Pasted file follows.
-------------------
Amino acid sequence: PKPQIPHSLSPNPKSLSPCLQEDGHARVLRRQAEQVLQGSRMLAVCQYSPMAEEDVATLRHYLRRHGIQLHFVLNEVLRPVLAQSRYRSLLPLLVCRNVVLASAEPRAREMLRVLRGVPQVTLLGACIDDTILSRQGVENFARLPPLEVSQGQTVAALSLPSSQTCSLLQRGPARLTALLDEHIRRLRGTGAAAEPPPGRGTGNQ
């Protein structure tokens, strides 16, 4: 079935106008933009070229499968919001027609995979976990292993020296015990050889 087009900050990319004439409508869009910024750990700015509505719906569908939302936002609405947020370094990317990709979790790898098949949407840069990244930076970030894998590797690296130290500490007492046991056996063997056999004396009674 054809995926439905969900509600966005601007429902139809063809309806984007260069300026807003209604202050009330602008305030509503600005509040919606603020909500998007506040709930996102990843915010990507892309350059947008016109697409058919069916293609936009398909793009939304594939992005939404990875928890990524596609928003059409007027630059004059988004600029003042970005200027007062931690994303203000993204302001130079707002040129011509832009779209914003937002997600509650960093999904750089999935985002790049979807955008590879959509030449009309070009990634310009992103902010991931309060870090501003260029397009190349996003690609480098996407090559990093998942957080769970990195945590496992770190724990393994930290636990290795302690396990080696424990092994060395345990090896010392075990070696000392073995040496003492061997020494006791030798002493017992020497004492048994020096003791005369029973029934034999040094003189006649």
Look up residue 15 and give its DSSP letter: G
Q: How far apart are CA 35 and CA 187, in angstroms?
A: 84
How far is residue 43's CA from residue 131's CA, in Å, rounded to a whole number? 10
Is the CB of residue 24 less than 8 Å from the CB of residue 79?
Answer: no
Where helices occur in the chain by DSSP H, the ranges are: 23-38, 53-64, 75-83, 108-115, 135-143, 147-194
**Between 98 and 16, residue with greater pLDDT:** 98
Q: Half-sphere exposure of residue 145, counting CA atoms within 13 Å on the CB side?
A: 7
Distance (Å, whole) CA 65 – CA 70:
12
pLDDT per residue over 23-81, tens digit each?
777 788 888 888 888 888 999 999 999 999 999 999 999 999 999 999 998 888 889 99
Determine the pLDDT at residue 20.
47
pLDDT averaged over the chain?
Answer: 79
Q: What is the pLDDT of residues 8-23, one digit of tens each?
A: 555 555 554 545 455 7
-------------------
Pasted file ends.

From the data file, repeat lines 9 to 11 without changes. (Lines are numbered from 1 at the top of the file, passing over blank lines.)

Where helices occur in the chain by DSSP H, the ranges are: 23-38, 53-64, 75-83, 108-115, 135-143, 147-194
**Between 98 and 16, residue with greater pLDDT:** 98
Q: Half-sphere exposure of residue 145, counting CA atoms within 13 Å on the CB side?